Leave a Comment
Westerns come in all shapes and sizes. But traditionally, the heroes of that particular genre ride into town wearing white, while they stave off a threat that's dressed head to toe in black. Over the years, the conventions of the Western genre have been twisted and tweaked by talented filmmakers, but few have been manipulated quite the same way that Jacques Audiard does for The Sisters Brothers. Take, for example, the siblings of the title. They are hired killers, men trained to hunt down prey for their despicable boss, The Commodore (Rutger Hauer). And yet, Eli (John C. Reilly) and Charlie Sisters (Joaquin Phoenix) are borderline likable, and you even end up rooting for them as the movie jogs along. We asked John C. Reilly about that, and he opened up by saying:
I think you come away from this story, even though we play murderers for hire in the movie -- we're assassins. That said, the beginning of their story, it's almost like these child soldiers in Africa, these kids who are pressed into this intense life, before they've even developed empathy or before they've even grown fully as human beings. So you end up feeling -- I did, anyway -- by the end of the film, like, you have sympathy for these guys. Because, in a way, they didn't choose this life. ... By the end, you want them to be free of this life.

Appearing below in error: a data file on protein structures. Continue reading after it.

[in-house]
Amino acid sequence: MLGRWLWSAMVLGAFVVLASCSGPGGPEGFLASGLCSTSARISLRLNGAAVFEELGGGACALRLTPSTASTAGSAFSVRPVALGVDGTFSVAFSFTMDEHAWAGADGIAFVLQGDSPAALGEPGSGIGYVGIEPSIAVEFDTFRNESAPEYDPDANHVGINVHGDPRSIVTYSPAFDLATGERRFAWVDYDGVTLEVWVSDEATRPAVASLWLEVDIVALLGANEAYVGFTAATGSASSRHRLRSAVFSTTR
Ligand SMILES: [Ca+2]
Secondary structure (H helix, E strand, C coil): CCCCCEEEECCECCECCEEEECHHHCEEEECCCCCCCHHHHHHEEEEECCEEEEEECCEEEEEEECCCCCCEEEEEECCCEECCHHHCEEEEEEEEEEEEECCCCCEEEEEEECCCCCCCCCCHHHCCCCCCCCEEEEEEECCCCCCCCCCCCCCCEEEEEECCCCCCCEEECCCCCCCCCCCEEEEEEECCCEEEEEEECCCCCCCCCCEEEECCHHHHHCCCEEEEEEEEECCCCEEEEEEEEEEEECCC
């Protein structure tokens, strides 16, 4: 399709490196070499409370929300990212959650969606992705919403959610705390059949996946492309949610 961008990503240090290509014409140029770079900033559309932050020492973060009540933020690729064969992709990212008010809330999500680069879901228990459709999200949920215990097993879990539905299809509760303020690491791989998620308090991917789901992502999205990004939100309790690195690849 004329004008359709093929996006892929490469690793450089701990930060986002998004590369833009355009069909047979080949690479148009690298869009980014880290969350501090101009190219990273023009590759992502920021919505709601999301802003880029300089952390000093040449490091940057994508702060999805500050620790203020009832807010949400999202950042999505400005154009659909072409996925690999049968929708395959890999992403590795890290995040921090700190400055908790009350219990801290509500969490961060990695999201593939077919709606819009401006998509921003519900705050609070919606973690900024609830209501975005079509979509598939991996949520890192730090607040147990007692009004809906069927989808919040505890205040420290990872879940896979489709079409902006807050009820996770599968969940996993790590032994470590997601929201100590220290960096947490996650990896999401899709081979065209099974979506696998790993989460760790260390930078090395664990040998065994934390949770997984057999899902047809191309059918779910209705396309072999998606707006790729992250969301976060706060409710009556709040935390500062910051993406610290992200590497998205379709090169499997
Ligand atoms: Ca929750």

In The Sisters Brothers, which is preparing to open in more theaters after a limited release in select markets, John C. Reilly and Joaquin Phoenix play squabbling siblings who work together as a murderous team, even though Phoenix's character likes their jobs as bounty hunters way more than Reilly's character does. Their latest assignment is to hunt a man (played by Riz Ahmed) who has invented an unusual chemical substance that can aid in the gold-mining expeditions of the Old West. Only, travel in that day is slow, and the Sisters brothers run into conflict every stop of the way. Plus, Ahmed has met with Jake Gyllenhaal, and they have plans of their own.
Here's John C. Reilly, talking about the reputation of the siblings in The Sisters Brothers, and why he finds them sympathetic:
The Sisters Brothers is an unexpected journey through some soulful storytelling, digging far below the surface of four interesting men who come across as out of touch with their own time. Photographed beautifully by cinematographer Benoit Debie (Enter the Void), it's both an homage to classic Westerns, and a reinvention of this type of storytelling.
The Sisters Brothers should be playing in a theater near you as we speak.